Dermer on why he hasn’t met with J Street: “We in Israel are a free country. We have to make the decisions necessary for our future. The problem that you have here is not that they have positions. It is that they work to pressure to Israel to accept their decisions. That’s not Zionism. Zionism means respecting the will of the Israeli public even if you disagree with it… Two weeks after I arrived as an ambassador, there was the interim agreement with Iran. There wasn’t, if I recall correctly, any Zionist party in Israel that supported it. But here you had an organization that not only supported it but lobbied for it… To be pro-Israel, I think means, that on matters of life and death, when all of the Israeli public are united about something, that if you take an opposite view to that and you press to have that view imposed on Israel, I don’t think that’s a Zionist response.”

Bronner: It’s about Iran is what you’re telling me, not about the settlements or the Palestinians?

Dermer: “It’s not about Iran. It’s about crossing the line to pressuring Israel’s free people to accept the decision that you reject — to use that government to press them to make a decision. By the way, it could happen on the other side of the aisle. Israel’s government could make a decision for peace, to make a big concession, and then the question is: will there be an organization here in the United States that will go to an administration to lobby to force Israel to accept something that its free people do not want?”

Bronner: And if you’re still here, will you not meet with them?

Dermer: “I will not.”

ON THE HILL — The Senate voted 72-24 to end debate on Strengthening America’s Security in the Middle East Act of 2019, known as S.1, clearing the way for its final passage later this week. The Senate also approved Mitch McConnell’s amendment to oppose the withdrawal of U.S. troops from Syria and Afghanistan.

Rep. Carolyn Maloney (D-NY), flanked by Jewish advocacy groups and several Holocaust survivors, announced the reintroduction of her Never Again Education Act at the Center for Jewish History in New York City on Monday. The bipartisan legislation will create a new grant program at the U.S. Department of Education to give teachers across the United States the resources and training necessary to teach children the lessons of the Holocaust and the consequences of hate and intolerance. Maloney was joined by Rep. Jerry Nadler (D-NY) and Israeli Consul General in New York Dani Dayan. [PicPic]

Maloney discussed Reps. Ilhan Omar and Rashida Tlaib’s recent comments on Israel in an interview with Jewish Insider‘s Jacob Kornbluh after the event: “Support for Israel is very strong in the Democratic Party. The Democrats have led most of the initiatives, historically, in support of Israel. I am not concerned about my colleagues. I feel that they will be supportive of a democracy and an ally, a country that has been so supportive of the same values and goals of America. I am concerned about the rising amount of anti-Semitism from the American public.”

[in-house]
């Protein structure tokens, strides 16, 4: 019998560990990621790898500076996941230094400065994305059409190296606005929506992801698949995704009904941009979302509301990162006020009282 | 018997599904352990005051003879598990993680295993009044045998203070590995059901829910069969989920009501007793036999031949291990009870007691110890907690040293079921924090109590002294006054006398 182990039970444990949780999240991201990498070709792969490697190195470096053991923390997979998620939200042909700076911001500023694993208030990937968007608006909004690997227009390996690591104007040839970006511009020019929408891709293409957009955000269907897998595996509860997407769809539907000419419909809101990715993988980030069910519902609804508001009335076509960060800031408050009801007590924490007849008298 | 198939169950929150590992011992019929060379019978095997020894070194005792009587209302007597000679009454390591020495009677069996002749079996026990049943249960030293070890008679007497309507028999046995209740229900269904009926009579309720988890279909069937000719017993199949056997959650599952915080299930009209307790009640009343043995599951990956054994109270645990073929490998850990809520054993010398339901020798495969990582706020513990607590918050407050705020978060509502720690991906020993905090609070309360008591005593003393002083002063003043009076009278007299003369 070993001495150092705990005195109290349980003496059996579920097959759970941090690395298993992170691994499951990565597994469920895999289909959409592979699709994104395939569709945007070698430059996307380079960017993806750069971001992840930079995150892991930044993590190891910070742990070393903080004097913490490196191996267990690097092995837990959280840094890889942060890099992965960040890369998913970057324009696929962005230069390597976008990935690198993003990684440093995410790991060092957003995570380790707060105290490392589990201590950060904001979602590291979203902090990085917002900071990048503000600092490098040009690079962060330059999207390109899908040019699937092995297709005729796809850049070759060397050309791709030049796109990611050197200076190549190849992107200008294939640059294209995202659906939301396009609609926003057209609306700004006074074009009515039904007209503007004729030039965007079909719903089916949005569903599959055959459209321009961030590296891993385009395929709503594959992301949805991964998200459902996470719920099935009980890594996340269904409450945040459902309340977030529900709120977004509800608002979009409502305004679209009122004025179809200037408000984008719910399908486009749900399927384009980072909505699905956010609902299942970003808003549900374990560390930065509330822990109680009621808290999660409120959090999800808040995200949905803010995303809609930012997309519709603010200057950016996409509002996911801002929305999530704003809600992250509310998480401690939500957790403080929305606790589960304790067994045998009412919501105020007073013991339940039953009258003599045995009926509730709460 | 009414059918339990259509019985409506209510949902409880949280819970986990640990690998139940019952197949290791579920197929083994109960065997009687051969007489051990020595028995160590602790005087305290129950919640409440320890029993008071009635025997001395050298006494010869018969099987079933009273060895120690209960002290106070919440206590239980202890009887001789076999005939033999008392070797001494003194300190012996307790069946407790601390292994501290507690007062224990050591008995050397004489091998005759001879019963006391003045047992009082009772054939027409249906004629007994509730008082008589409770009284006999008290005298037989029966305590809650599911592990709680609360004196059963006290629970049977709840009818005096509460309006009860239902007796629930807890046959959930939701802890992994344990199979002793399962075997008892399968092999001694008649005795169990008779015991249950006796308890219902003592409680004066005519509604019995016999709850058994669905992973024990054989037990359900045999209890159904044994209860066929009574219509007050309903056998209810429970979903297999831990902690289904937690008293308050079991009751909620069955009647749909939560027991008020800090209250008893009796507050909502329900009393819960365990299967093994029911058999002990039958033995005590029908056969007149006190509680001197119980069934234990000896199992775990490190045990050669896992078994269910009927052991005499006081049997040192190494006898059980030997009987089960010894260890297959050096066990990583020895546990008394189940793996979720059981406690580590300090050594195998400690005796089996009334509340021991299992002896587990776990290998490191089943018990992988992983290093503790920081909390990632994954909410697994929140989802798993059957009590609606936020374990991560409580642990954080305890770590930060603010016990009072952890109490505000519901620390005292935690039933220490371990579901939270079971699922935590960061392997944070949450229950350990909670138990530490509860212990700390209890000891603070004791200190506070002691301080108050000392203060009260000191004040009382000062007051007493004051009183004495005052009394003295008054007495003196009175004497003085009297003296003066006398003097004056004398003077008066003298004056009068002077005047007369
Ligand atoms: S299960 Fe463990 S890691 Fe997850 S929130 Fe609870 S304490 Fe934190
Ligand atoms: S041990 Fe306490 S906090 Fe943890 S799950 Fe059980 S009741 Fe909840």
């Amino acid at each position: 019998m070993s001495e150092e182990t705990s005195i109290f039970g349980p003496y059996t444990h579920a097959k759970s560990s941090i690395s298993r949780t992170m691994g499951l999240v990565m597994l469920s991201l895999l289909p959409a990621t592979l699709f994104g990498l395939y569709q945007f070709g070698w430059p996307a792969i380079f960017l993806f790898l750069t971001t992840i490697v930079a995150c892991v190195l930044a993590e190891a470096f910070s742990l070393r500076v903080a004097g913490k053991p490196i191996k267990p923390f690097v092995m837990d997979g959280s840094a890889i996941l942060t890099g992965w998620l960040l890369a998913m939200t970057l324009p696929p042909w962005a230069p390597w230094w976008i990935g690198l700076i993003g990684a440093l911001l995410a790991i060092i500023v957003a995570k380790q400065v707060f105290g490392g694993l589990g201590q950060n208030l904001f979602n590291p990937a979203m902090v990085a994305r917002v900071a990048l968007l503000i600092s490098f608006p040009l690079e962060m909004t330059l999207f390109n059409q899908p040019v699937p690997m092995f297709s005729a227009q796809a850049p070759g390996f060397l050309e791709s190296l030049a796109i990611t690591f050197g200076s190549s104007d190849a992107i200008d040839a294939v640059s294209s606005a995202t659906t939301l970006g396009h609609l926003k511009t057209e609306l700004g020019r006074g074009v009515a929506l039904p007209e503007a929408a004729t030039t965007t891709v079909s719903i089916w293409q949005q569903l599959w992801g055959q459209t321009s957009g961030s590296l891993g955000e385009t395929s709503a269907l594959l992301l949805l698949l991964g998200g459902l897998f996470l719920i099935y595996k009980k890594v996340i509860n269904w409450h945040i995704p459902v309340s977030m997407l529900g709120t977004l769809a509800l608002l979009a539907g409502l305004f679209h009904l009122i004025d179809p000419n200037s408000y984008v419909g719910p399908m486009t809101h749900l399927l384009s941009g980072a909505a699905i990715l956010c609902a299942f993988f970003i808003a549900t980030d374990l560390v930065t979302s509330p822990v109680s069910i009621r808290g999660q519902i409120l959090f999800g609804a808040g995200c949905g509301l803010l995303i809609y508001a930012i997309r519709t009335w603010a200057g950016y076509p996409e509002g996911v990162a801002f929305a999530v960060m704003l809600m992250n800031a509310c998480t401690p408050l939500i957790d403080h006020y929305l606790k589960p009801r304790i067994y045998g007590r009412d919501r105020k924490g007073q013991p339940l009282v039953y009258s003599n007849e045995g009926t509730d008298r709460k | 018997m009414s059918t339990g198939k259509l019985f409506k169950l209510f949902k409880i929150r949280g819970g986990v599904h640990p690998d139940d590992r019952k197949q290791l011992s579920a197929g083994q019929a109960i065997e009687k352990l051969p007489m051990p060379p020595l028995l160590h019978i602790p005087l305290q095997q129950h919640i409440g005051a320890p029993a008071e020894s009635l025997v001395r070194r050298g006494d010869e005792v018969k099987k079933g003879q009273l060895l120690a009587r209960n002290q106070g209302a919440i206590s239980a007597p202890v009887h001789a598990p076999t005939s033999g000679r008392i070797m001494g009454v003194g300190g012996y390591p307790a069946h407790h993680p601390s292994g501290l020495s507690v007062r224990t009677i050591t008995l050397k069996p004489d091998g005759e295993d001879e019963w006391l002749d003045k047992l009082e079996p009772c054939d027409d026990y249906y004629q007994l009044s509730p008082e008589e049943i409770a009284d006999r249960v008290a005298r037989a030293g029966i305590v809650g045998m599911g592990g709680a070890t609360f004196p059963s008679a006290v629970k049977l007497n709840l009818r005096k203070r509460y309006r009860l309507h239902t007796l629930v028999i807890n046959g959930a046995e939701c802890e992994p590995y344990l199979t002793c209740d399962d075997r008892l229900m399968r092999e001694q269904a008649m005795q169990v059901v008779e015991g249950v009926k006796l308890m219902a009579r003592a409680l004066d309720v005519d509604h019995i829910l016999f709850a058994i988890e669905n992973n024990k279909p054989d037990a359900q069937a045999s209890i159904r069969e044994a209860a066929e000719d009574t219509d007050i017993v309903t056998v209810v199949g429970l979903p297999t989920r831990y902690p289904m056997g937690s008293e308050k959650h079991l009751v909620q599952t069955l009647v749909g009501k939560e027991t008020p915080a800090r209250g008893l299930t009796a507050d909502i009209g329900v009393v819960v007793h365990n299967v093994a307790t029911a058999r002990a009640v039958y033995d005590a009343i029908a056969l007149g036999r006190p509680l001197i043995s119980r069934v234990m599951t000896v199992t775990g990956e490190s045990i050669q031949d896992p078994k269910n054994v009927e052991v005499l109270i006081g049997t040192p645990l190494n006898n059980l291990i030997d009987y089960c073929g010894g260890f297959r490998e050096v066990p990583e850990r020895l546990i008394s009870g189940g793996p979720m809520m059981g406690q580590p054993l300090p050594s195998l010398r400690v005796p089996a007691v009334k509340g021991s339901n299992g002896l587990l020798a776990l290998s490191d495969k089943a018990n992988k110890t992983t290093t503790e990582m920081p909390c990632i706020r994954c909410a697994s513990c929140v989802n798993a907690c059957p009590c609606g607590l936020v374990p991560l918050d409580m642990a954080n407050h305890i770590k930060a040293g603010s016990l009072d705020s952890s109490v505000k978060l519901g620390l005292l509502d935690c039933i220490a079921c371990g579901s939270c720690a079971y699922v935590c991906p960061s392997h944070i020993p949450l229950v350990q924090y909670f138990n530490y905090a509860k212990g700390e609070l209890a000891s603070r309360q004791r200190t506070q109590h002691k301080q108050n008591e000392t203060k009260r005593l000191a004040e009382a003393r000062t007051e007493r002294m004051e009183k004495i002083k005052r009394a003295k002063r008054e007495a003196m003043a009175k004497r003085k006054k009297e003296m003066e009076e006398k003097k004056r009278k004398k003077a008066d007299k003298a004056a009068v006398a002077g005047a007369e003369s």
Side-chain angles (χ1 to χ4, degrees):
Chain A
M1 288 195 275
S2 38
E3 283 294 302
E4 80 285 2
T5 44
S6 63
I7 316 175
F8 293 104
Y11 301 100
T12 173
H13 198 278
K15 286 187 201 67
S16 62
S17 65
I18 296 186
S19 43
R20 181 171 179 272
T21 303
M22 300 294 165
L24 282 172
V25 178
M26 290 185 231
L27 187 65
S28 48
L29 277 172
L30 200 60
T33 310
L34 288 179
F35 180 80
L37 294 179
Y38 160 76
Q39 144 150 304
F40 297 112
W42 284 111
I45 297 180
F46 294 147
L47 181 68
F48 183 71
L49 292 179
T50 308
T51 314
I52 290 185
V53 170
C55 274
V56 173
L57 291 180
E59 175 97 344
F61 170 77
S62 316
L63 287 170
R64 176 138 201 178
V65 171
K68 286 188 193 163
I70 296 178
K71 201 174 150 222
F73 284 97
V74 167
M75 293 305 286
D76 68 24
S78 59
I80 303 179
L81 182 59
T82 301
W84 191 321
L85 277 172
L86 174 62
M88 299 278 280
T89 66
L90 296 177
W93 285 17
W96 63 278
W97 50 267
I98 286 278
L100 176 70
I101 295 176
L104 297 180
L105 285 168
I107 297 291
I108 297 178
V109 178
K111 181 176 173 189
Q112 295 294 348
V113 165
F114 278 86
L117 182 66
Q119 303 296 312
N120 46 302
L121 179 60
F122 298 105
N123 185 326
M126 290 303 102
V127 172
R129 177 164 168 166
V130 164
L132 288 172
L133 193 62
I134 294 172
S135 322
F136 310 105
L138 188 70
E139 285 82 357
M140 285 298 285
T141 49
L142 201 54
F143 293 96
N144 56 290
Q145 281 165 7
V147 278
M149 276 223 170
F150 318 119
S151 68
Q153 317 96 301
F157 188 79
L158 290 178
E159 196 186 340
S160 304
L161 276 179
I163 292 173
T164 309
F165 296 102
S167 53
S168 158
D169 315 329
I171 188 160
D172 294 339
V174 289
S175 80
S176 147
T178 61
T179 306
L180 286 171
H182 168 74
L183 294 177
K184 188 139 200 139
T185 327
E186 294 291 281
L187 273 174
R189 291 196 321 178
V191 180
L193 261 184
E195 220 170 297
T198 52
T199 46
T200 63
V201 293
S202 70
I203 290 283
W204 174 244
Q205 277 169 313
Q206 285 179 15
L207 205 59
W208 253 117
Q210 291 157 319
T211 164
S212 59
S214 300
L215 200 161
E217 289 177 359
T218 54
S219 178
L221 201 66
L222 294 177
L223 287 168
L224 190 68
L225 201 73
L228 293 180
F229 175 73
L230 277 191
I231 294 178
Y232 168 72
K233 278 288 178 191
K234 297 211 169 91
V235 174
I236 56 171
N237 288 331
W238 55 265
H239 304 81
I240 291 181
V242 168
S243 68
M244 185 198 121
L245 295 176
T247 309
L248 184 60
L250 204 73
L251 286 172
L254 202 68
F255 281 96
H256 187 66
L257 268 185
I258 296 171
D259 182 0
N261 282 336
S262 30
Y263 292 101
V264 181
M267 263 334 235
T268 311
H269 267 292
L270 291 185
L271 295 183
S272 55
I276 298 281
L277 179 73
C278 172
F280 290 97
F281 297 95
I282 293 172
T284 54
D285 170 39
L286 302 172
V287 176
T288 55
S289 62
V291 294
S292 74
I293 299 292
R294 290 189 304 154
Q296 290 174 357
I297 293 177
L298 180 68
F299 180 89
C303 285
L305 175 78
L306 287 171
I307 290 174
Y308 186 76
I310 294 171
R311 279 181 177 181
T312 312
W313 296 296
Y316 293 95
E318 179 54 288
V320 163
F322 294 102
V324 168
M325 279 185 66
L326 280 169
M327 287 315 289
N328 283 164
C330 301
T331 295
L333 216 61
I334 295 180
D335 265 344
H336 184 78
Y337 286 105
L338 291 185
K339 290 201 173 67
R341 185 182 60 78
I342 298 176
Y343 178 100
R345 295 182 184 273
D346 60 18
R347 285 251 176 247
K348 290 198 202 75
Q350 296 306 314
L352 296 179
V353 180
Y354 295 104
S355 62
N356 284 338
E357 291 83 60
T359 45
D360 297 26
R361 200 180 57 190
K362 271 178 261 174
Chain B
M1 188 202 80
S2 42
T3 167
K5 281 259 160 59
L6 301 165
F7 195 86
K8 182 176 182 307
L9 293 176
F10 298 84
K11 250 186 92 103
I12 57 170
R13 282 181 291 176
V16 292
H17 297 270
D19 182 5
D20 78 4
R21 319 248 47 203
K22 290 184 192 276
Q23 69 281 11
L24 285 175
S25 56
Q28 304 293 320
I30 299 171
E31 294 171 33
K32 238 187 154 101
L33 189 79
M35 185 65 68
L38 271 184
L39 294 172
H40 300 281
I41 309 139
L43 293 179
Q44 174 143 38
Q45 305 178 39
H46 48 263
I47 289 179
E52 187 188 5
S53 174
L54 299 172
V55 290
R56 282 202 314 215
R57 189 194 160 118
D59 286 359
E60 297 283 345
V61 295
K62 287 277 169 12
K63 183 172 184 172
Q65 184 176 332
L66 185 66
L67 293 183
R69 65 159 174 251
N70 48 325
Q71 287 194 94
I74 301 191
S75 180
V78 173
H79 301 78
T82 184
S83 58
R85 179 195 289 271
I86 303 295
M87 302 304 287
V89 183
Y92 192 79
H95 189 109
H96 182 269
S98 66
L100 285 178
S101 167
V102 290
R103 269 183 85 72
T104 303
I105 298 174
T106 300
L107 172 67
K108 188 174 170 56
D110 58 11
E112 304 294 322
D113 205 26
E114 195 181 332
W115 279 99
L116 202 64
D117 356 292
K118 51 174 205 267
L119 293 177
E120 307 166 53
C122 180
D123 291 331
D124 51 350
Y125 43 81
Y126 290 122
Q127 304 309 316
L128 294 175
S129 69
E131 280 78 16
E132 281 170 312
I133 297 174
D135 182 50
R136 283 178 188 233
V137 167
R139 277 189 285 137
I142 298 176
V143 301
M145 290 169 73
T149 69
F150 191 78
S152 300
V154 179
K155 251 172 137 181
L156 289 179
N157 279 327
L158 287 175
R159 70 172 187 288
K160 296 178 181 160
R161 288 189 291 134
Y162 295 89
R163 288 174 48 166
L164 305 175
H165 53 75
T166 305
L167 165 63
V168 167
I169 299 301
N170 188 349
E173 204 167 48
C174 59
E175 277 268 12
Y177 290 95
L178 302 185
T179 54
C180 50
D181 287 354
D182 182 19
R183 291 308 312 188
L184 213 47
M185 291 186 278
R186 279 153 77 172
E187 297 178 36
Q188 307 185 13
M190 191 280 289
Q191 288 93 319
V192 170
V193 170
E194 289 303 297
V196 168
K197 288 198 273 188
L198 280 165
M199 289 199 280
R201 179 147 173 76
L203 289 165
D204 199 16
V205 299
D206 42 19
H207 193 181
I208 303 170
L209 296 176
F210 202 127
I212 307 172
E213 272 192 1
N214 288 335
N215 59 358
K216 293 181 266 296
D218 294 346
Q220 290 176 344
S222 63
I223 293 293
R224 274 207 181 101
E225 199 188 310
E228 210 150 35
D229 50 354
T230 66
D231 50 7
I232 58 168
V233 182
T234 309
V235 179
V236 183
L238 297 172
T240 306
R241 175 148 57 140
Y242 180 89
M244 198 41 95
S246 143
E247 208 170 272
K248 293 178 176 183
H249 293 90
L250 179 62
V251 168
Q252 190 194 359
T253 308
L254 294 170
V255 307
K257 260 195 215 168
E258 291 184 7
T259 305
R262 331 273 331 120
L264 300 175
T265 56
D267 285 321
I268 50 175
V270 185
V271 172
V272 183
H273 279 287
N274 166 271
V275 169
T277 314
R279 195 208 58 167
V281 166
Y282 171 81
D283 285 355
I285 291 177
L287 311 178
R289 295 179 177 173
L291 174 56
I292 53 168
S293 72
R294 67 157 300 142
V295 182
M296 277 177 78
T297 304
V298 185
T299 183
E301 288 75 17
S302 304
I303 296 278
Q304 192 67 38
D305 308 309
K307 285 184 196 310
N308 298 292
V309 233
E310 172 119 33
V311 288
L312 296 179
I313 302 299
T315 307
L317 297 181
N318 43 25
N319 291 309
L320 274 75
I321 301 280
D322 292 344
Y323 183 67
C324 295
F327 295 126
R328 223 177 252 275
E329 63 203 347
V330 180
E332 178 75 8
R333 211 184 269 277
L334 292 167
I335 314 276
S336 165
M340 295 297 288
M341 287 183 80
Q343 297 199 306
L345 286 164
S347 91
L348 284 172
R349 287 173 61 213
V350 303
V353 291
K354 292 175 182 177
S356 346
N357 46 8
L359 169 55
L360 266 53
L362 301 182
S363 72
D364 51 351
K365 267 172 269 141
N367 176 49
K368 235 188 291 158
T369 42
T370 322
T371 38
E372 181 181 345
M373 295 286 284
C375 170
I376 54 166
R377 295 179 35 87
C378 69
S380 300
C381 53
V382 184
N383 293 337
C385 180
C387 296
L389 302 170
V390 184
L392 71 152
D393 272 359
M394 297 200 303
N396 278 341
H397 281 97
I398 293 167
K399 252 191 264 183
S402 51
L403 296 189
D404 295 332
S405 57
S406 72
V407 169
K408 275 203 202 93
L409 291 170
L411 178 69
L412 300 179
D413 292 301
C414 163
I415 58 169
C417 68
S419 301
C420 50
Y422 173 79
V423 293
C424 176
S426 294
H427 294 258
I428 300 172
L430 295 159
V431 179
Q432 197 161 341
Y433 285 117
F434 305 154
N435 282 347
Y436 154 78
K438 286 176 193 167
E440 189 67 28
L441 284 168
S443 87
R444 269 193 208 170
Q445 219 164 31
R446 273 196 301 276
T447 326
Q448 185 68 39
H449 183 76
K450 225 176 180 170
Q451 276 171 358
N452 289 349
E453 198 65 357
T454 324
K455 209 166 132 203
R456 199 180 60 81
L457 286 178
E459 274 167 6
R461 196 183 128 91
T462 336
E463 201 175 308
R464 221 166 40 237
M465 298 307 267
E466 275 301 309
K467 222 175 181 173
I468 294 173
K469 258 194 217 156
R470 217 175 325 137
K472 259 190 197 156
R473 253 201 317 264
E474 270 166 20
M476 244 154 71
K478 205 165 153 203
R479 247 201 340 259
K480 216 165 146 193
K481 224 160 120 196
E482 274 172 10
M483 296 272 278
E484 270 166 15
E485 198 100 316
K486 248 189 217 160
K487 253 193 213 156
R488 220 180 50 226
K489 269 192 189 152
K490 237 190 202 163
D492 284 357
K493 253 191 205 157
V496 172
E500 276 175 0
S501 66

Maloney added that she will “have a conversation” with Omar and Tlaib about this issue, “but, I think, that overall they are going to be supportive as strong members of the Democratic caucus. They have been very enthusiastic and supporting many of the initiatives we are putting forward. Some have used language that I have never used, but I believe in freedom of speech. I always give people the benefit of the doubt. I always believe in people.”

ON THE GOLAN — There’s growing congressional support for U.S. recognition of Israeli sovereignty over the Golan Heights as top Democrats, Reps. Nadler and Maloney, signalled their support. “The only thing the Golan has ever been used for by the Syrians is to bombard Israel,” Nadler told JI following the press conference in New York City. “They can’t have that again. It’s unsafe,” added the Chair of the House Judiciary Committee.

Rep. Maloney told JI that she too supports recognition “if our leadership supports it.” Adding, “I will be supporting it, but only if it goes through the [House Foreign Affairs Committee] and is supported by the committee.” [JewishInsider]

Israel is becoming a wedge issue for Democrats — by Mairav Zonszein and Alex Kane: “The right-wing, extremist government of Benjamin Netanyahu and its apartheid-like policies are at the core of what is alienating Democrats and a growing number of Americans,” said Congresswoman Betty McCollum, a Democrat from Minnesota who authored a bill during the last session of Congress to prevent U.S. military aid to Israel from subsidizing the abuse of Palestinian children. “What has changed is that there are now members of Congress who are not willing to ignore the Israeli government’s destructive actions because they are afraid of losing an election.” [Vice]